pospi edited this page Dec 23, 2017 · 10 revisions

Welcome to the future home of the REA client application interface.

Background info

This application attempts to be a new frontend to existing 'Open Value Network' client / server apps. Much work has been done on the OVN protocol and related specifications by many contributors too numerous to list here. An extremely brief history goes as follows- follow the links to learn more about the theory and concepts behind OVNs.

  • Early 1980s: Bill McCarthy first defines Resource-Event-Agent (REA) model for accounting systems and publishes many papers on the topic.
  • Mid 1990s: Bob Haugen commercially develops 'Quick Response Engine' & becomes interested in supply chain systems.
  • 1995-2000: Bob discovers REA, he and Bill further develop REA as a semantic model for internet supply chain collaboration.
  • 2000: Verna Allee coins the term "Value Network" to describe and model tangible & intangible economic value within organisations.
  • 2002: ISO adopts REA as their economic and accounting ontology.
  • 2005: Bob begins to write about the importance of expanding REA to cover ad-hoc networks of external economic entities.
  • 2005-2011: Bob works closely with Lynn Foster under the name 'Mikorizal Software' on several open supply chain projects; targeting timber, food networks & fishing industries.
  • 2012: Open hardware manufacturer Sensorica gets involved with REA and coins the term "Open Value Network" (OVN). They develop the Network Resource Planning (NRP) software in collaboration with Bob & Lynn. This is the first iteration of the software on which django-rea and its forks are based.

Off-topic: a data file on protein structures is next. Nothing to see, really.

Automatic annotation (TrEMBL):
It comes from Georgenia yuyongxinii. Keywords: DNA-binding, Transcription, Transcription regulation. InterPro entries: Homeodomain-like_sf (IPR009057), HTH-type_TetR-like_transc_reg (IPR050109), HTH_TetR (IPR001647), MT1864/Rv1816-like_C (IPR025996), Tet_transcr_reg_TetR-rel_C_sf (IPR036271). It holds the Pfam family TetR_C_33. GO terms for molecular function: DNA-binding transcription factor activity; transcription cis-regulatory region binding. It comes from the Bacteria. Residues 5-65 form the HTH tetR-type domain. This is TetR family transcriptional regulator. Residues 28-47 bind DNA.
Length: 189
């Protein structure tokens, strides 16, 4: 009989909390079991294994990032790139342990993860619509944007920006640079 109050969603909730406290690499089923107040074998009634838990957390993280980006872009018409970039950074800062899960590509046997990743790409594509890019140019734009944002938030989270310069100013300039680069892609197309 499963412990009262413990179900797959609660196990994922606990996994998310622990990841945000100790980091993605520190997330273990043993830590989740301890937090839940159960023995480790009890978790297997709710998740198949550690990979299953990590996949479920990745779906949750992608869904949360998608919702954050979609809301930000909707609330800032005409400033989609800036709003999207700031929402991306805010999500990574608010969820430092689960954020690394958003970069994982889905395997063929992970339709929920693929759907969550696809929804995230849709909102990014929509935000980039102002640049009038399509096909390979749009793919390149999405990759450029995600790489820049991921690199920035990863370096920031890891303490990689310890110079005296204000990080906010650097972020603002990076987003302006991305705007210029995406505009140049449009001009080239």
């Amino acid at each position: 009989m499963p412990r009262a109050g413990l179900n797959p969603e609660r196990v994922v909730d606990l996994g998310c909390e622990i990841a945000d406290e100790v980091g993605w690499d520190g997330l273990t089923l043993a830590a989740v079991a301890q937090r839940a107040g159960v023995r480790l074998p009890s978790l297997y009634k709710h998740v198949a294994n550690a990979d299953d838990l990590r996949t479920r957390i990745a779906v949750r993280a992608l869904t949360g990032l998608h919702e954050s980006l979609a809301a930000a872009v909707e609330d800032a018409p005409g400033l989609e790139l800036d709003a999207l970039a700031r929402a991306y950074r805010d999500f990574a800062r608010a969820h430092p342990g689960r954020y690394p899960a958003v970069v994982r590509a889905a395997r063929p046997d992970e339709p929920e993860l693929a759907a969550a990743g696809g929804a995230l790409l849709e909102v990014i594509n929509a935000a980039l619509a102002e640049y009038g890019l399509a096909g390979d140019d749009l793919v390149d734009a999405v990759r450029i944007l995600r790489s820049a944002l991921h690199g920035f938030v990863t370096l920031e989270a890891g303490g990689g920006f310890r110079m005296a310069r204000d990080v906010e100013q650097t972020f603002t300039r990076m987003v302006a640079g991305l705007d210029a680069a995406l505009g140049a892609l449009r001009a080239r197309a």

• 2013 - Joshua Vial of Enspiral proposes an Open App Ecosystem. Mikey Williams proposes a common method of inter-app communication which settles on Json-LD and Linked Open Data.
  • 2014 - Lynn Foster, Elf Pavlik, Mikey Williams, and Jon Richter start the Value Flows project to develop a common vocabulary for apps in economic networks using Linked Open Data. Other people arrive and help, including Kalin Maldzhanski, Paul Mackay, and Elio Qoshi.
  • 2016: Bill expands upon the concept of an Open Value Network, building on his prior REA model.
  • Q1 2016: Sensorica's NRP software is forked by FreedomCoop and becomes OCP (Open Collaboration Platform). Many updates are made and integrations with digital currencies (FairCoin) begin.
  • Q3 2016: Another fork of NRP is made by GoPacifica and further development continues on that project.
  • 2016-2017 Lynn and Bob join with others to continue work on developing the REA ontology, incorporating learnings from prior projects & concepts, including NRP & OVN, as well as others. The project name is genericised to "Value Flows" and becomes focused on working towards common standards.
  • Dec 2016: Valueflows team members discuss and outline requirements for a modular & community-centered design process around OVN-compatible apps.
  • Q1 2017: Members from GoPacifica, FreedomCoop, Sensorica & Mikorizal begin to collaborate on unifying the multiple forks of NRP to a single generic codebase so that development effort can be shared.

General roadmap

This project is a continuation of the refactoring / genericisation work already started on the NRP codebase forks with the ultimate aim of bringing the focus of all projects back together and reducing effort required by all parties. It has three broad general aims:

  1. To iterate the frontend design of NRP, OCP & DEEP and achieve a more approachable and user-friendly interface to the software.
  2. To create a bedrock of modular, reusable UI components which can be recycled and adapted by other projects wishing to build interfaces to OVN systems.
  3. To further the understanding of the ValueFlows vocabulary and create more formal descriptions of higher-level concepts.

1. New user interface